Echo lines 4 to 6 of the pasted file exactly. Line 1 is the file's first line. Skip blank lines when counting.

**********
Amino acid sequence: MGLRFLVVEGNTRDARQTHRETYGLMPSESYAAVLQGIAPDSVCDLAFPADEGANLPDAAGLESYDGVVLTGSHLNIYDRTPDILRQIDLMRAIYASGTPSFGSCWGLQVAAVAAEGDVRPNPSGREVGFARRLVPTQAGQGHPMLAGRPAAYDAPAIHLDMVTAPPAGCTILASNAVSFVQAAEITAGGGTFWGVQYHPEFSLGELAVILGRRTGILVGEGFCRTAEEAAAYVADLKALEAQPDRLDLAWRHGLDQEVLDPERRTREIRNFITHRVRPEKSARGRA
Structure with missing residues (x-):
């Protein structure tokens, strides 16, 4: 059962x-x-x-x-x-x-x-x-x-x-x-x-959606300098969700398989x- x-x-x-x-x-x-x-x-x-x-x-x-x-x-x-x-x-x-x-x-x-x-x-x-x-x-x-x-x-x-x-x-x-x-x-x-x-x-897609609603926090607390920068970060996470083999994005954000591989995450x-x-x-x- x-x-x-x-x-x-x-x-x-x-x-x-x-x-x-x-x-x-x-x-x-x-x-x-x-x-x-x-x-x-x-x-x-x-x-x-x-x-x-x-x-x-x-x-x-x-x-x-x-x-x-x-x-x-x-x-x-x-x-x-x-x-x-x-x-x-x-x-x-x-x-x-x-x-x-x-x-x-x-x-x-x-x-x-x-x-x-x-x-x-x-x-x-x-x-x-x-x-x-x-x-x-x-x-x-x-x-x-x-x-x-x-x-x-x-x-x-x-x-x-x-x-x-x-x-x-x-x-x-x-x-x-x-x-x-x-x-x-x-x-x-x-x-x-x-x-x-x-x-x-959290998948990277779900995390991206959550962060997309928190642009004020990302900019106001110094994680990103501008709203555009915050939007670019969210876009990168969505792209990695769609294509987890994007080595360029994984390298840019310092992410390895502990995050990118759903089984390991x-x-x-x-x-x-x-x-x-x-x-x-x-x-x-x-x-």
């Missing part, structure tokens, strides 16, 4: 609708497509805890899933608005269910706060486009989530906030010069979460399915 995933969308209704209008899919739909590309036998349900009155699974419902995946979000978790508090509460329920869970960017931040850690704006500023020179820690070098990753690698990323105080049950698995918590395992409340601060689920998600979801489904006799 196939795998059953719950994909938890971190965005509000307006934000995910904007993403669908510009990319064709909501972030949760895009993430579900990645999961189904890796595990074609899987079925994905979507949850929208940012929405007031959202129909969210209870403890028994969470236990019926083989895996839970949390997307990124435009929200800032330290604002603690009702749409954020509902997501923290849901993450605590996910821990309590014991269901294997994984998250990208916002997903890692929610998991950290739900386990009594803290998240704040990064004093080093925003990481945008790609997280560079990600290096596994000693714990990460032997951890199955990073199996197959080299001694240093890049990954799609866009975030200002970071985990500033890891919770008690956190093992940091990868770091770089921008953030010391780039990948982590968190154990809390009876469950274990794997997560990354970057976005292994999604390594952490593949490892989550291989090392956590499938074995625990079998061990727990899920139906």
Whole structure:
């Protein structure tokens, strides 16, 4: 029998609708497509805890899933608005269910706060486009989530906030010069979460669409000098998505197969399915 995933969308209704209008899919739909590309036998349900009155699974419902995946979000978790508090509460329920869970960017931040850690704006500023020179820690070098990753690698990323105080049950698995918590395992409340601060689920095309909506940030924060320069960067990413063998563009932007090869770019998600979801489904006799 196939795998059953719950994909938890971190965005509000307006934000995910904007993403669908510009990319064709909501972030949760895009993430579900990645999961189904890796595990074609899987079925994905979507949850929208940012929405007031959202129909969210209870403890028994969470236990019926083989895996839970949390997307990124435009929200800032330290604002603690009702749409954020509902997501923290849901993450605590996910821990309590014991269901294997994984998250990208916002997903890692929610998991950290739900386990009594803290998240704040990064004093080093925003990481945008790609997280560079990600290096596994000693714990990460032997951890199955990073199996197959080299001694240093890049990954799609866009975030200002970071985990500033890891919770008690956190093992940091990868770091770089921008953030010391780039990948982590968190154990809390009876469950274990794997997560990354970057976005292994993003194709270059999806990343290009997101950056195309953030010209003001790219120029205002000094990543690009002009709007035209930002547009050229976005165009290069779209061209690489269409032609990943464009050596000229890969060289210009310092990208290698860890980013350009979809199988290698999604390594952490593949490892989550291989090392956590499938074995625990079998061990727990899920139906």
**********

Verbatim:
């Missing part, structure tokens, strides 16, 4: 609708497509805890899933608005269910706060486009989530906030010069979460399915 995933969308209704209008899919739909590309036998349900009155699974419902995946979000978790508090509460329920869970960017931040850690704006500023020179820690070098990753690698990323105080049950698995918590395992409340601060689920998600979801489904006799 196939795998059953719950994909938890971190965005509000307006934000995910904007993403669908510009990319064709909501972030949760895009993430579900990645999961189904890796595990074609899987079925994905979507949850929208940012929405007031959202129909969210209870403890028994969470236990019926083989895996839970949390997307990124435009929200800032330290604002603690009702749409954020509902997501923290849901993450605590996910821990309590014991269901294997994984998250990208916002997903890692929610998991950290739900386990009594803290998240704040990064004093080093925003990481945008790609997280560079990600290096596994000693714990990460032997951890199955990073199996197959080299001694240093890049990954799609866009975030200002970071985990500033890891919770008690956190093992940091990868770091770089921008953030010391780039990948982590968190154990809390009876469950274990794997997560990354970057976005292994999604390594952490593949490892989550291989090392956590499938074995625990079998061990727990899920139906």
Whole structure:
């Protein structure tokens, strides 16, 4: 029998609708497509805890899933608005269910706060486009989530906030010069979460669409000098998505197969399915 995933969308209704209008899919739909590309036998349900009155699974419902995946979000978790508090509460329920869970960017931040850690704006500023020179820690070098990753690698990323105080049950698995918590395992409340601060689920095309909506940030924060320069960067990413063998563009932007090869770019998600979801489904006799 196939795998059953719950994909938890971190965005509000307006934000995910904007993403669908510009990319064709909501972030949760895009993430579900990645999961189904890796595990074609899987079925994905979507949850929208940012929405007031959202129909969210209870403890028994969470236990019926083989895996839970949390997307990124435009929200800032330290604002603690009702749409954020509902997501923290849901993450605590996910821990309590014991269901294997994984998250990208916002997903890692929610998991950290739900386990009594803290998240704040990064004093080093925003990481945008790609997280560079990600290096596994000693714990990460032997951890199955990073199996197959080299001694240093890049990954799609866009975030200002970071985990500033890891919770008690956190093992940091990868770091770089921008953030010391780039990948982590968190154990809390009876469950274990794997997560990354970057976005292994993003194709270059999806990343290009997101950056195309953030010209003001790219120029205002000094990543690009002009709007035209930002547009050229976005165009290069779209061209690489269409032609990943464009050596000229890969060289210009310092990208290698860890980013350009979809199988290698999604390594952490593949490892989550291989090392956590499938074995625990079998061990727990899920139906």